Alfons Eyckmans is one of the best designers (and craftsmen) of burrs and interlocking puzzles in the world! Over the years, I have collected many many puzzles from him (I daren't admit how many to Mrs S) and absolutely love them. Over the last few years he has been designing beautiful cubes made from interlocking burr pieces as opposed to classical burrs. Some of them I have even managed to solve! The process always involves a wonderful period of exploration and fun - I adore these puzzles! They are fun to play with and look incredible on the display shelves. Many of these beautiful cubes have been named for or by well known members of the puzzle community. Michel has named a few after his family, I have named some after my Burmese cats and one of the best of them was named for Pelikan’s own Jakub. Alfons made me a copy early last year and I’ve never managed to solve it despite several weeks of attempts (I must be missing a hidden move). 

Identical cubes - one from Alfons and one from Pelikan - both gorgeous
Alfons never expected it to be produced in any significant numbers because the pieces are incredibly difficult puzzle to make - he was absolutely delighted to see Pelikan create their absolutely stunning version. To be perfectly honest I don’t think I’ve ever seen anything so beautiful from anyone! I have not had time to play with this one yet (apart from the several weeks spent on the original) but have found all the moves available to me to be extremely smooth. There will only be 35 of these made and it is extremely unlikely it will ever be produced again. Get this whilst you can even if it is just for display purposes! At some point I need to get all the cubes together and take a photo of them all in one place.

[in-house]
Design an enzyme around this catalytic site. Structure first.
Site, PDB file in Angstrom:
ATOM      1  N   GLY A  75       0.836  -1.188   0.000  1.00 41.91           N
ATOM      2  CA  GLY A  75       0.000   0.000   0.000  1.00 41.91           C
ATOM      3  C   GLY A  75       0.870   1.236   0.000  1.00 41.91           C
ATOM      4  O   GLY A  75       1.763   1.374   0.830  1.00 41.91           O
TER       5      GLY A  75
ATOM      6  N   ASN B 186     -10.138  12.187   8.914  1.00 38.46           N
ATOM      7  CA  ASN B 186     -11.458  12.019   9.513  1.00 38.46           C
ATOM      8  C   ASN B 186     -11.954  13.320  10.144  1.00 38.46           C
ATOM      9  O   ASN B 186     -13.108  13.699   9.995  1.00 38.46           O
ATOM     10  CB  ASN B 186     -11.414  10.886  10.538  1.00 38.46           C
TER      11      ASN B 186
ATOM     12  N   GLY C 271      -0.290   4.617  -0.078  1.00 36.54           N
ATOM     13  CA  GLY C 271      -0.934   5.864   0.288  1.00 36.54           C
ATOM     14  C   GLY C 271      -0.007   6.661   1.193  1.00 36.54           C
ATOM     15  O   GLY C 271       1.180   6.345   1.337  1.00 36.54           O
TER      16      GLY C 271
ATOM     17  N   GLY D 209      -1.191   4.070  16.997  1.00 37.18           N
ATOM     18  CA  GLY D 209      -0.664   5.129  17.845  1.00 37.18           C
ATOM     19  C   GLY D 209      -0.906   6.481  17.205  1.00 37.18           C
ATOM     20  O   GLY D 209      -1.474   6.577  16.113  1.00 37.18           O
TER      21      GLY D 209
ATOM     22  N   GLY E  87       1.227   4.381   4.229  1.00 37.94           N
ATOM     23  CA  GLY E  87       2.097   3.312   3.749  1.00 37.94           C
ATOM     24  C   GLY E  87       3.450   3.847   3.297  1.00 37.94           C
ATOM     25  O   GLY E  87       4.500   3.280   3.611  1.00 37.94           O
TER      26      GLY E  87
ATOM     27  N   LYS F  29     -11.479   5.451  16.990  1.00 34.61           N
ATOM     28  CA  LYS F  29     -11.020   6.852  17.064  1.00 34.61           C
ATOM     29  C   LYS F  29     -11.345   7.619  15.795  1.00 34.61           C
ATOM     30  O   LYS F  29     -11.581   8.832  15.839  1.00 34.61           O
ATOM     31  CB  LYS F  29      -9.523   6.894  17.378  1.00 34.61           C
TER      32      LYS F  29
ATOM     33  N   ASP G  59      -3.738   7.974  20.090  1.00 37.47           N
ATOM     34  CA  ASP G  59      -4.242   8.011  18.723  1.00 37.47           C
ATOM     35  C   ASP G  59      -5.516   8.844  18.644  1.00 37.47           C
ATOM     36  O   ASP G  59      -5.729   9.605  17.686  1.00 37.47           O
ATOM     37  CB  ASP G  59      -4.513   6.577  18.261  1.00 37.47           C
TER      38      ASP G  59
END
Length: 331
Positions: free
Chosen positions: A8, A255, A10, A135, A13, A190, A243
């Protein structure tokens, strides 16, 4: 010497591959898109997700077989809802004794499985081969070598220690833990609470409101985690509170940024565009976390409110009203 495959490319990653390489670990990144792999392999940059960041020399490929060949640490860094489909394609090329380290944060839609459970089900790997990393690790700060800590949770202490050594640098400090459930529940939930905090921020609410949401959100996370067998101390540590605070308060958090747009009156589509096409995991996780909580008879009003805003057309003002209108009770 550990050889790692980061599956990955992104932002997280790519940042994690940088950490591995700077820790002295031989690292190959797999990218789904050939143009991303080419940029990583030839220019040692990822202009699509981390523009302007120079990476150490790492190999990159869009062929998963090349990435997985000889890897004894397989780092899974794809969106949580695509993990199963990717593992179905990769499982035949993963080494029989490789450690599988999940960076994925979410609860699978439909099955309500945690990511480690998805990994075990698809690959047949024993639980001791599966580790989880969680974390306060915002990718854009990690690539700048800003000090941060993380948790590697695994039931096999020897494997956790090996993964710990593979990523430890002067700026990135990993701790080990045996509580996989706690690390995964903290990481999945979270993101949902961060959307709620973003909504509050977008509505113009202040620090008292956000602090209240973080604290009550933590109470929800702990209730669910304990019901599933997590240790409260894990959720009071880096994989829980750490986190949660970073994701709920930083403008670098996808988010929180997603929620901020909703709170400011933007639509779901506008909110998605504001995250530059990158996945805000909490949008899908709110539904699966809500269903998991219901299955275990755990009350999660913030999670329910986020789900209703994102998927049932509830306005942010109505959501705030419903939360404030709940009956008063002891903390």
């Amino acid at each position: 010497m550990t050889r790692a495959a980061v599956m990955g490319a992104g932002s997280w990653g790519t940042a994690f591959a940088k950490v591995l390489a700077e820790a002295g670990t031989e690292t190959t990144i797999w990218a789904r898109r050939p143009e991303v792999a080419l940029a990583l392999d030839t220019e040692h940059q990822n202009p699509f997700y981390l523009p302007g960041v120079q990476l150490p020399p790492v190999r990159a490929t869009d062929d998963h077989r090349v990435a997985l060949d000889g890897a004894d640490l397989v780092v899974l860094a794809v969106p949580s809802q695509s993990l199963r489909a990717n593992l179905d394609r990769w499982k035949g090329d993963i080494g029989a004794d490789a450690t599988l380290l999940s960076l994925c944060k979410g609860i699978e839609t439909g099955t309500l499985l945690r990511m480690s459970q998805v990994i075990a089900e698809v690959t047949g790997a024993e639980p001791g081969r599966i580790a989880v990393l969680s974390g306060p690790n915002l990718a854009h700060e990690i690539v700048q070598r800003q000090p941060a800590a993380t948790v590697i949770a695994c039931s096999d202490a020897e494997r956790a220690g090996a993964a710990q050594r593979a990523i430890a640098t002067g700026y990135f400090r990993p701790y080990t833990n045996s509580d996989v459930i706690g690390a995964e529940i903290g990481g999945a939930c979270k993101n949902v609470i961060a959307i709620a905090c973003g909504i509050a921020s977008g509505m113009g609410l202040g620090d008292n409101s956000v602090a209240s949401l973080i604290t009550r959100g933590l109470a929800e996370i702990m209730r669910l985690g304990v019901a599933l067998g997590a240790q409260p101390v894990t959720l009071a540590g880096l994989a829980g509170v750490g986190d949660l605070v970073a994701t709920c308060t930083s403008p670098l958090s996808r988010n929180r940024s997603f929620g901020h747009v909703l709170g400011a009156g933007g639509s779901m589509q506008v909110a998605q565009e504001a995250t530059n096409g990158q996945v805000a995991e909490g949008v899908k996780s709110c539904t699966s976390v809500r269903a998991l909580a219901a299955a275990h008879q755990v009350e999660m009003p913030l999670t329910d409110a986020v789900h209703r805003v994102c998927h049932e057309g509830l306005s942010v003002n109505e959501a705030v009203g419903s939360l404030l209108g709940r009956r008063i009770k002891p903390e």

Belopo by Alfons Eyckmans in Wenge and Zebrano
This stunning burr made from Zebrano and Wenge is another design by Alfons Eyckmans. I have to admit that I was really quite frightened to attempt it…I have a few mixed board and stick burrs from Alfons and a couple are trapped in a position that I cannot get out of. The movements can get very complex and a simple man like me easily gets confused/lost. This puzzle is a 6 piece burr trapped in a frame - only later on did I realise that the frame is not what I thought it was - surprisingly, the frame is actually constructed from 12 identical very simple burr sticks. Movements of the pieces are smooth as silk and there are only a few blind ends. I needn’t have been frightened as this particular design is very logical to explore and reveals its secrets without getting lost too easily. It remains stably assembled for quite some time allowing careful removal of individual pieces and keeping track. I was able to keep it together as an ordered puzzle right to the very end.

6 burr sticks and 12 frame pieces
I should have been able to reassemble it had I not had a cat move and scramble my careful organised pile of pieces in my lap and chair. Creating a Burrtools file will be a real pleasure for this one. 

Which are my favourites? It is difficult so difficult to choose. For me, the pick of the bunch has got to be the incredibly complex and gorgeous Jakub's cube (even if I will never manage to dismantle it without Burrtools). My next favourite is the Pedals by Alexander as I just love the supposedly simple nature of a 3x3x3 packing puzzle which is made so much more difficult by having the extra constraints of the restricted entry. Belopo is fabulous as a variant on the 6 piece burrs which I adore. The star puzzle variants are stunning and beautifully made even if not terribly tough to work out. You, of course, should buy them all when they come up for sale soon.